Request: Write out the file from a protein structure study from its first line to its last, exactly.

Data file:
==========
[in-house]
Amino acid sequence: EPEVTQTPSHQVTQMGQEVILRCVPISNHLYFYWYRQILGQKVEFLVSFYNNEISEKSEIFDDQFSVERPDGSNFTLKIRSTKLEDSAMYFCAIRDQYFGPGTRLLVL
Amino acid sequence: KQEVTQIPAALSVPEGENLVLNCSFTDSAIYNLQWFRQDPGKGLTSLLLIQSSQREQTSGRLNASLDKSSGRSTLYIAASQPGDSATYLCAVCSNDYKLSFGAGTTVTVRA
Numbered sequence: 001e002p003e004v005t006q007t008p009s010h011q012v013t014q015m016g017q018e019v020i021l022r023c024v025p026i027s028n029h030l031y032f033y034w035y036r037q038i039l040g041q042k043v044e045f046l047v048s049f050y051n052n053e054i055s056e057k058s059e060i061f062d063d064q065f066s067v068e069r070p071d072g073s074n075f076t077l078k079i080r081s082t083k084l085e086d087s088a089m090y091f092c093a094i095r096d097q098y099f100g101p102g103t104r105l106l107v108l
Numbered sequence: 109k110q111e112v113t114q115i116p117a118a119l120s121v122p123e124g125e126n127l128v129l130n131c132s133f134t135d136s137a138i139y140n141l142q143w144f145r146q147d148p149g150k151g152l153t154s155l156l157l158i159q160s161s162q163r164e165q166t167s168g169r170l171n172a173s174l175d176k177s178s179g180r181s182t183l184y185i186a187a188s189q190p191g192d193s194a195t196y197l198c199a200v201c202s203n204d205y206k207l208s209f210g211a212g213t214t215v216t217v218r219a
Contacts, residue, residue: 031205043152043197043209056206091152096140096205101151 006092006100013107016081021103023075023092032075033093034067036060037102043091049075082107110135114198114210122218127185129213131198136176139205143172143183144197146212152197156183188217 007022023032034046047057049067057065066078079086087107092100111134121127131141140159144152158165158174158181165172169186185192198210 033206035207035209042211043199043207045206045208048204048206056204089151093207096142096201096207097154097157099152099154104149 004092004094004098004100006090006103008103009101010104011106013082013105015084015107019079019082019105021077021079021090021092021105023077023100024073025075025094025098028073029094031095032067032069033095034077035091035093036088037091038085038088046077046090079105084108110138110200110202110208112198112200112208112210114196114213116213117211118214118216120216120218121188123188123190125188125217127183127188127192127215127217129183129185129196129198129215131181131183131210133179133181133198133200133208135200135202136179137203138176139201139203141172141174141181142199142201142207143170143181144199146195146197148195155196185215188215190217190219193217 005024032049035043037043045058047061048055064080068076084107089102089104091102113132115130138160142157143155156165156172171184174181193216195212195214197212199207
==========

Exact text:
[in-house]
Amino acid sequence: EPEVTQTPSHQVTQMGQEVILRCVPISNHLYFYWYRQILGQKVEFLVSFYNNEISEKSEIFDDQFSVERPDGSNFTLKIRSTKLEDSAMYFCAIRDQYFGPGTRLLVL
Amino acid sequence: KQEVTQIPAALSVPEGENLVLNCSFTDSAIYNLQWFRQDPGKGLTSLLLIQSSQREQTSGRLNASLDKSSGRSTLYIAASQPGDSATYLCAVCSNDYKLSFGAGTTVTVRA
Numbered sequence: 001e002p003e004v005t006q007t008p009s010h011q012v013t014q015m016g017q018e019v020i021l022r023c024v025p026i027s028n029h030l031y032f033y034w035y036r037q038i039l040g041q042k043v044e045f046l047v048s049f050y051n052n053e054i055s056e057k058s059e060i061f062d063d064q065f066s067v068e069r070p071d072g073s074n075f076t077l078k079i080r081s082t083k084l085e086d087s088a089m090y091f092c093a094i095r096d097q098y099f100g101p102g103t104r105l106l107v108l
Numbered sequence: 109k110q111e112v113t114q115i116p117a118a119l120s121v122p123e124g125e126n127l128v129l130n131c132s133f134t135d136s137a138i139y140n141l142q143w144f145r146q147d148p149g150k151g152l153t154s155l156l157l158i159q160s161s162q163r164e165q166t167s168g169r170l171n172a173s174l175d176k177s178s179g180r181s182t183l184y185i186a187a188s189q190p191g192d193s194a195t196y197l198c199a200v201c202s203n204d205y206k207l208s209f210g211a212g213t214t215v216t217v218r219a
Contacts, residue, residue: 031205043152043197043209056206091152096140096205101151 006092006100013107016081021103023075023092032075033093034067036060037102043091049075082107110135114198114210122218127185129213131198136176139205143172143183144197146212152197156183188217 007022023032034046047057049067057065066078079086087107092100111134121127131141140159144152158165158174158181165172169186185192198210 033206035207035209042211043199043207045206045208048204048206056204089151093207096142096201096207097154097157099152099154104149 004092004094004098004100006090006103008103009101010104011106013082013105015084015107019079019082019105021077021079021090021092021105023077023100024073025075025094025098028073029094031095032067032069033095034077035091035093036088037091038085038088046077046090079105084108110138110200110202110208112198112200112208112210114196114213116213117211118214118216120216120218121188123188123190125188125217127183127188127192127215127217129183129185129196129198129215131181131183131210133179133181133198133200133208135200135202136179137203138176139201139203141172141174141181142199142201142207143170143181144199146195146197148195155196185215188215190217190219193217 005024032049035043037043045058047061048055064080068076084107089102089104091102113132115130138160142157143155156165156172171184174181193216195212195214197212199207